The autumn Daphnia peak noted by Maitland (1981) and ourselves (Figures 12d and 12e) could perhaps be explained as the larger Charr move inshore to spawn, thus reducing the predation pressure. Other factors could be that the very large water mass of Loch Ness retains its heat longer than smaller lakes. Also there is generally an injection of allochthonous material (potential food) during equinoctial storms which bring the rivers into spate. 

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The Bosmina do not seem to migrate at all, and are consumed by many of the Charr, although seldom in significant numbers. The considerable numbers of Bosmina observed from the thermocline downwards suggests that they are filter feeding a detrital or microbial food source. In this connection, the persistent north/south gradient in fish, and often in zooplankton, is interesting. This presents something of a paradox, since George and Jones (1987) had found that both conductivity and chlorophyll-a maxima lie consistently in the North Basin. They suggested that this was caused by the slightly richer northern catchments. An explanation could be that allochthonous organic material brought in by rivers of the much larger, and wetter, southern catchments is much more important than the primary productivity. 

If this material is processed through the microbial element, it could find its way to the zooplankton, particularly the filter feeding Cladocera, and so to the fish. 

In this respect, the results of the length run along the axis of the loch are somewhat surprising, in that the cladoceran Bosmina decreases in percentage towards the south. This species is the one most likely to be utilising allochthonous inputs, and so might be expected to form a greater percentage of the plankton composition in the south. However, it should be borne in mind that the samples were from a depth of 20 m, and that some thermocline tilt might have been present due to a light north-east wind. This could have affected the observed distributions. Numerically all species increased in the South Basin.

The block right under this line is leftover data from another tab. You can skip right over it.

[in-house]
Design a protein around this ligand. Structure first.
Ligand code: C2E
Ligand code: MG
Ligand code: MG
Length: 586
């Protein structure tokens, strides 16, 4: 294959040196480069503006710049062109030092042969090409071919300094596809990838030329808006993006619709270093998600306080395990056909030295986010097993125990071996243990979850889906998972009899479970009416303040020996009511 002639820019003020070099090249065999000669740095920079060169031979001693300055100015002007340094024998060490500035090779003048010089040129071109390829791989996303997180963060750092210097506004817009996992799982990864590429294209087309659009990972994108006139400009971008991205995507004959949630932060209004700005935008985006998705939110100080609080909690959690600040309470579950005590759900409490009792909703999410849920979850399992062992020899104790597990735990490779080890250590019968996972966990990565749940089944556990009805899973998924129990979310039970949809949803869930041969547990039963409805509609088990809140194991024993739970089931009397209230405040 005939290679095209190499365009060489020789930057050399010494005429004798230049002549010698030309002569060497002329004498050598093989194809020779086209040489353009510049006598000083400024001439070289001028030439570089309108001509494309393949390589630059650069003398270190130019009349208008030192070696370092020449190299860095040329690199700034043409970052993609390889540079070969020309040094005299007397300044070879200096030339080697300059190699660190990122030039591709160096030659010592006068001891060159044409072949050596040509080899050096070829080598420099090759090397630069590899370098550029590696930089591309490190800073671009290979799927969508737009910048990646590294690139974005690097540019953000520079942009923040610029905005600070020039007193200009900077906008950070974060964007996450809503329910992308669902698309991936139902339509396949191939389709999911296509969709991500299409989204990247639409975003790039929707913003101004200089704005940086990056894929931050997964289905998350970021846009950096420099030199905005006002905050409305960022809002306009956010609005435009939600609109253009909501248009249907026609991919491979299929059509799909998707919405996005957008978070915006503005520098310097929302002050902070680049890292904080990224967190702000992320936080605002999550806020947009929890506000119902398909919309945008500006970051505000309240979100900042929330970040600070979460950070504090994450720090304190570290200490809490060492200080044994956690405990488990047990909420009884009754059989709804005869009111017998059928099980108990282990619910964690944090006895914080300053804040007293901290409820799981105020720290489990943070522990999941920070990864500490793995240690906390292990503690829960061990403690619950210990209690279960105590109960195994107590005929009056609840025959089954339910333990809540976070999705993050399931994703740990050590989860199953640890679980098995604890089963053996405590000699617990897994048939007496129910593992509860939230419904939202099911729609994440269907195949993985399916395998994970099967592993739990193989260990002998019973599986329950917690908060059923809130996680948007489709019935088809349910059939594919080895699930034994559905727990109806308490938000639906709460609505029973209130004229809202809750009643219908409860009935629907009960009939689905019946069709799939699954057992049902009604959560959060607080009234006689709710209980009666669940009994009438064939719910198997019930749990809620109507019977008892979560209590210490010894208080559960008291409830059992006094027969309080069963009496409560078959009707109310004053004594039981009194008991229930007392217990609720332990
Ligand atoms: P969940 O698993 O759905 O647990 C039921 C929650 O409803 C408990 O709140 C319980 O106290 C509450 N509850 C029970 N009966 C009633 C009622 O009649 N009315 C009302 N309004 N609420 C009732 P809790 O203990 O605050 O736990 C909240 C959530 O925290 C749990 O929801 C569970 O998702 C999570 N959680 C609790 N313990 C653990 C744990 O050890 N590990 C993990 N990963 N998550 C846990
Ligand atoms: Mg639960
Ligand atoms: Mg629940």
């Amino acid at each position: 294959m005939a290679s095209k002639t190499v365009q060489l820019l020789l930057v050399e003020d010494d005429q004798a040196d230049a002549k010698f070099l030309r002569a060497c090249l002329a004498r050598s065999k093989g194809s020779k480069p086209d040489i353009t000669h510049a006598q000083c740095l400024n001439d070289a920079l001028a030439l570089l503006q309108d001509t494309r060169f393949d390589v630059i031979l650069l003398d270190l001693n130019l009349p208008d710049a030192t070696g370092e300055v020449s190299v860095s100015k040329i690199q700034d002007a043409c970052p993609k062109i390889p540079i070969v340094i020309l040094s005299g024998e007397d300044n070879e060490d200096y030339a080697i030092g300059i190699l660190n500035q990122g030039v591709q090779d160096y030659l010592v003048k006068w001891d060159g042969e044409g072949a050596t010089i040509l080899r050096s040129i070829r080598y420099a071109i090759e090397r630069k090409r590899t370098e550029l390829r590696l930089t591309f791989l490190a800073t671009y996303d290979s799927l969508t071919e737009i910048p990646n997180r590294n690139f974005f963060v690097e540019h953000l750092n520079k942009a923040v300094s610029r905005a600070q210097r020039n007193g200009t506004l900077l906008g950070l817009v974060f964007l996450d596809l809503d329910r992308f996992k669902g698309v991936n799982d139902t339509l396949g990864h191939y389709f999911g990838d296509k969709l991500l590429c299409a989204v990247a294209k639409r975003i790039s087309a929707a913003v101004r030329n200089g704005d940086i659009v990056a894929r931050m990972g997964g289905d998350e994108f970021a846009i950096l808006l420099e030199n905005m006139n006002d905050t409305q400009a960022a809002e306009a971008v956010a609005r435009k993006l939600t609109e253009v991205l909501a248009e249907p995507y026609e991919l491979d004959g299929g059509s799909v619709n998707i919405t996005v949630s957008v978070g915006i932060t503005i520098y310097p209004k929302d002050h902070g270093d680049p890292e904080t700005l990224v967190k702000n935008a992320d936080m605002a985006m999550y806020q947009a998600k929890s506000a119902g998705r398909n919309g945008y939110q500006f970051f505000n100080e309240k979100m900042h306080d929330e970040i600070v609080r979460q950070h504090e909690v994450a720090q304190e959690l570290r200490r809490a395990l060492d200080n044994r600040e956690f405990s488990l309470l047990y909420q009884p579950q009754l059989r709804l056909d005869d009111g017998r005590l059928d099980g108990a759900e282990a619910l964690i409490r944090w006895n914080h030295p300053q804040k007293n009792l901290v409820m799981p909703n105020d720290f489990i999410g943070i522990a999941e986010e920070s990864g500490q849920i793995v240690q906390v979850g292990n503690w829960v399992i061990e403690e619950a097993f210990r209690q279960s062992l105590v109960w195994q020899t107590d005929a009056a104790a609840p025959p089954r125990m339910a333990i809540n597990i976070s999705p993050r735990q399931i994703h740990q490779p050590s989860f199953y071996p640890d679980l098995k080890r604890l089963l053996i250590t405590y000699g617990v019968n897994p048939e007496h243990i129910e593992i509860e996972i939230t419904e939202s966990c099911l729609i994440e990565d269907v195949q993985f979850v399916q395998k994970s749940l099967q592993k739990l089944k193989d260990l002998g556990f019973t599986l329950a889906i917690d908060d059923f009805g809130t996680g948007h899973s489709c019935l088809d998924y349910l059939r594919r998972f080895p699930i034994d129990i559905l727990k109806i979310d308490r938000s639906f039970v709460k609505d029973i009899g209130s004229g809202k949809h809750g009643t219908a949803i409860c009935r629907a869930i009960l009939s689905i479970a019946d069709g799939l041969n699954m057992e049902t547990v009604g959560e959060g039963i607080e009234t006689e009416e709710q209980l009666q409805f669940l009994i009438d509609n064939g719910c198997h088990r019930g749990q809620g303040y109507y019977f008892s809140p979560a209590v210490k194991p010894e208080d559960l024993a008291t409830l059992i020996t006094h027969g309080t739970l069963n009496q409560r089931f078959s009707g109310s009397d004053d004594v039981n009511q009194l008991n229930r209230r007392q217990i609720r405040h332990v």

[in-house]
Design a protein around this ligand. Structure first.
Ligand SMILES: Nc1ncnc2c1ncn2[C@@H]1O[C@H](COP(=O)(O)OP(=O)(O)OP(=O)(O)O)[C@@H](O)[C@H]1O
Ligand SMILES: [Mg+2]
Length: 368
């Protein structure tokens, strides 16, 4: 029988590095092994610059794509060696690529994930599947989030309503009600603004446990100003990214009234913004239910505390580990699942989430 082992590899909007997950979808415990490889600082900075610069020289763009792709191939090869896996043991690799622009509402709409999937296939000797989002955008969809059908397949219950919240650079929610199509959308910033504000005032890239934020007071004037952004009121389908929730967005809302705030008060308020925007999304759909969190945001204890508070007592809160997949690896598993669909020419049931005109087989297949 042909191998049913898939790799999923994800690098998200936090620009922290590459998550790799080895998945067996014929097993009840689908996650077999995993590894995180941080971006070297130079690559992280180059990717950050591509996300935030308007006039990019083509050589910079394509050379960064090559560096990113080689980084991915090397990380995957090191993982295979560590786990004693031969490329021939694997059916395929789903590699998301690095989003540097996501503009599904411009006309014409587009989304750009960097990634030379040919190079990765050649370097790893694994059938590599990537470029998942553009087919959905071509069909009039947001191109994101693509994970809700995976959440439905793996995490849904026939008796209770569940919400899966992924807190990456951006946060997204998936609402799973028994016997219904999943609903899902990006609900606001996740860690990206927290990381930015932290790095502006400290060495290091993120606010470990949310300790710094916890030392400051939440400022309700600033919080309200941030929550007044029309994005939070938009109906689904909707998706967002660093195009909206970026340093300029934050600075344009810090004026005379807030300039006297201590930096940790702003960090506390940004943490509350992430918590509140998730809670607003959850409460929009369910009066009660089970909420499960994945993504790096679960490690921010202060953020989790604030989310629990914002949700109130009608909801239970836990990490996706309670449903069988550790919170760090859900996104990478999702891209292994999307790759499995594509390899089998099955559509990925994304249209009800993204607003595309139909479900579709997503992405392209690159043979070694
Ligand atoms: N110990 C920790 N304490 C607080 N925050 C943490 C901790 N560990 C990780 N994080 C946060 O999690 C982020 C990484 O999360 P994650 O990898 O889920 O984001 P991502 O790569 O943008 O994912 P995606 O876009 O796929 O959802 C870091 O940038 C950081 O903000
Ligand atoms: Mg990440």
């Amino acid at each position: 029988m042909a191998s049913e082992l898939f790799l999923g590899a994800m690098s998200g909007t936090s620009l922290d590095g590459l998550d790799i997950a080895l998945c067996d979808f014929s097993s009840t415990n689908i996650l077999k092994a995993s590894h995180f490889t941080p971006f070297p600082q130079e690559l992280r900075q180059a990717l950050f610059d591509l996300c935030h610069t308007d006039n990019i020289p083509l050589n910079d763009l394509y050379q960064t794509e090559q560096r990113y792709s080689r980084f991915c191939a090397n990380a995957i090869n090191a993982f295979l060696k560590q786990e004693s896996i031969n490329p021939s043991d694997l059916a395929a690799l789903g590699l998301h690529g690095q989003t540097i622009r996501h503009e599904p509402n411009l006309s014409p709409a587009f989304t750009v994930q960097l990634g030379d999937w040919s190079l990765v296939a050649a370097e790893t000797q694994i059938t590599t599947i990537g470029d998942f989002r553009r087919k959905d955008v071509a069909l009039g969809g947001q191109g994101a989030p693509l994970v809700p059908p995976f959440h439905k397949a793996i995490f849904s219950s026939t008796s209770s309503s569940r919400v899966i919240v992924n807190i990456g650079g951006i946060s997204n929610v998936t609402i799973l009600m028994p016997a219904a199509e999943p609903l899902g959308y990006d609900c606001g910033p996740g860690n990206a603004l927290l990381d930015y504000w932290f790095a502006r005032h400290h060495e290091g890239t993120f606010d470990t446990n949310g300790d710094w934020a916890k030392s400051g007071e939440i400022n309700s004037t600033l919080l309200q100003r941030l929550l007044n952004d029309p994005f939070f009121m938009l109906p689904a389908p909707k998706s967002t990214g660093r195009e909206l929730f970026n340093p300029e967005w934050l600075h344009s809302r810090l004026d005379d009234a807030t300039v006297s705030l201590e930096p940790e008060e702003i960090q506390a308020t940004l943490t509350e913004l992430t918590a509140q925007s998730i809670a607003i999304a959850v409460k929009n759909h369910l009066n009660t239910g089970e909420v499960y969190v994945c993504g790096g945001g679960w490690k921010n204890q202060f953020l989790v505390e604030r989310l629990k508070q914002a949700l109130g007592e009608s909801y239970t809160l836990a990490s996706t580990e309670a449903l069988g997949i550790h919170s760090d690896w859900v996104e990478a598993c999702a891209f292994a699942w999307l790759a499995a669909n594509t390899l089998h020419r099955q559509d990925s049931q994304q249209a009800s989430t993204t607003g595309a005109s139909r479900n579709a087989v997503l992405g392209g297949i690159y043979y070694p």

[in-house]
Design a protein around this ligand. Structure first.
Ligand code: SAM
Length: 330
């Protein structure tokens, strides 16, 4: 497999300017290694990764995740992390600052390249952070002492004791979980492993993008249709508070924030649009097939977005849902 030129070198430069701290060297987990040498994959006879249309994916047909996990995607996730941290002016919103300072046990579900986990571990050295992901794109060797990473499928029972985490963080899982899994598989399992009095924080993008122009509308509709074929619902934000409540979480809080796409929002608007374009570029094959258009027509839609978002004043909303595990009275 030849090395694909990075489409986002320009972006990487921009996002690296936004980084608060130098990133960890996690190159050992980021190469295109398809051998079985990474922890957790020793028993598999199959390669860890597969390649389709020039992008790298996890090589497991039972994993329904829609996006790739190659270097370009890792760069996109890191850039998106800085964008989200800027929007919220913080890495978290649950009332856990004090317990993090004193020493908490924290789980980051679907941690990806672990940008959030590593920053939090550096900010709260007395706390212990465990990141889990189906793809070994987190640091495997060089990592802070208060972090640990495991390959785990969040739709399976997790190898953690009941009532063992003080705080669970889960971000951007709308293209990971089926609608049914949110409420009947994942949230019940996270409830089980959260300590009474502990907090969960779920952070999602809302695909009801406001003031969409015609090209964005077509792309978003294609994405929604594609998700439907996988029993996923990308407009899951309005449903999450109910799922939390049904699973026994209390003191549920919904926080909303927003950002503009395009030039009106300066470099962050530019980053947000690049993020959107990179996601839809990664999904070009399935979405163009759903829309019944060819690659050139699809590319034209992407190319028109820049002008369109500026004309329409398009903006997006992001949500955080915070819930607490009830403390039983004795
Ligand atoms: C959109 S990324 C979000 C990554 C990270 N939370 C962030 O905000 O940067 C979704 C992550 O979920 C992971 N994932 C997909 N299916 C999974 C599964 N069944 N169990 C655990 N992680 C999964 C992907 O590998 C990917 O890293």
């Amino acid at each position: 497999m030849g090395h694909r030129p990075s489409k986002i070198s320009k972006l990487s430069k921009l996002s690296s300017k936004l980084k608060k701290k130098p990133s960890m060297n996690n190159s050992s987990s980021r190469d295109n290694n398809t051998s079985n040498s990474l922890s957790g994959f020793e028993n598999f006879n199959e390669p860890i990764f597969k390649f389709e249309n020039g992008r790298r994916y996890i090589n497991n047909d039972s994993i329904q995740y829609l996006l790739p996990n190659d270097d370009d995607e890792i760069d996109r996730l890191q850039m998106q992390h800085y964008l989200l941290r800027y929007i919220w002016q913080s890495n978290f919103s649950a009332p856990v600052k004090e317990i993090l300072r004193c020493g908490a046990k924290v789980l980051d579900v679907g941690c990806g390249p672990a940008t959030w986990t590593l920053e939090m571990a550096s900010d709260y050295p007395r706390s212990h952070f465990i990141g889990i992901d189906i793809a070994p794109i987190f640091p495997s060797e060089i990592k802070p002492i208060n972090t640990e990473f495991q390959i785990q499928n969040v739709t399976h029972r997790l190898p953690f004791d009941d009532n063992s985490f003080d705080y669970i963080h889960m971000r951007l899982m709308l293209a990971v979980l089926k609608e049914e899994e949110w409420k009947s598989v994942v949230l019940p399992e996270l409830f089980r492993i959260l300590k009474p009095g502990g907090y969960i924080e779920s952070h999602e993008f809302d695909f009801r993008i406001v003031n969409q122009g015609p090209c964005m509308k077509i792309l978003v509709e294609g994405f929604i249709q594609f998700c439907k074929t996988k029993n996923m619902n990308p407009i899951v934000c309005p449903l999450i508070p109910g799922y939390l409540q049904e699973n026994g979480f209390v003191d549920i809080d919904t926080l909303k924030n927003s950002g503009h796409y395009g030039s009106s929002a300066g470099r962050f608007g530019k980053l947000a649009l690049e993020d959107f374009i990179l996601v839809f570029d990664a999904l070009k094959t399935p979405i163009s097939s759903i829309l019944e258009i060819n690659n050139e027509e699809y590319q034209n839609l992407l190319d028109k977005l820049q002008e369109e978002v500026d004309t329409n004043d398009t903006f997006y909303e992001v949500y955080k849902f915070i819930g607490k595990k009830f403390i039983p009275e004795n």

The increase in fish numbers towards the south is particularly pronounced in the smaller targets of the scattering layer. During the 'steady state' produced by the normal south-west winds, these scatterers would spend the majority of their time close to the thermocline and therefore in the south-west return current produced. By contrast, a number of length runs have shown that zooplankton numbers at the near surface increase down wind (unpublished data).

The deeper scatterers would only rise into the north-east surface drift for the six hours of the short northern nights. Shine and Martin (1988) have shown that the scattering layer targets move passively in water currents. Therefore their position in the return current will tend to increase their density towards the south. By contrast, during periods of north-east winds, it is noticeable that the scattering layer beneath the northern fixed station strengthens appreciably. The other structures noted in the scattering layer, such as the cross-loch tilts, are consistent with the circulation of the surface drift due to Coriolis forces diverting the wind drift to the right (George, 1981), i.e. to the southern shore in a south-west wind.

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The 'ramps' are of interest, and may represent some form of internal mixing 'fronts' or a reaction to vertical movements induced by internal waves.